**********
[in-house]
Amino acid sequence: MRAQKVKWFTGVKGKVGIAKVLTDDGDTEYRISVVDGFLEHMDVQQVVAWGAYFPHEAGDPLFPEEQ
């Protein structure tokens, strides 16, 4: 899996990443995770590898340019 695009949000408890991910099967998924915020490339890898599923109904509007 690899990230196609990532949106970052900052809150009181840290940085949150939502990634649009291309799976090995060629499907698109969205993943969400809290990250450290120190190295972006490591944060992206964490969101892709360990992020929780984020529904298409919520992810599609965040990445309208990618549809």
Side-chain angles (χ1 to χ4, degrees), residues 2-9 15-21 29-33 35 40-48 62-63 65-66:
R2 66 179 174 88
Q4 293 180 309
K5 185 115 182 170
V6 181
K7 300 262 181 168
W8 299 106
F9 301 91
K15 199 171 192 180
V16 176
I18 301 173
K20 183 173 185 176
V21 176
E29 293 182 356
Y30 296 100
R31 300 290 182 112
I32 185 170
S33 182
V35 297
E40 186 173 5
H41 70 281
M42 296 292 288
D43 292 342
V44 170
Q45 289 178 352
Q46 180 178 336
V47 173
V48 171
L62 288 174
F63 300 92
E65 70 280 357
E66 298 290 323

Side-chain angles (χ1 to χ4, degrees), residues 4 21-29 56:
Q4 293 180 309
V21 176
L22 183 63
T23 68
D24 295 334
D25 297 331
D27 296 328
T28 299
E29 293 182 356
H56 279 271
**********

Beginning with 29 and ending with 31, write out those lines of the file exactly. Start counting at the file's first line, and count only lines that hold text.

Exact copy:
Q46 180 178 336
V47 173
V48 171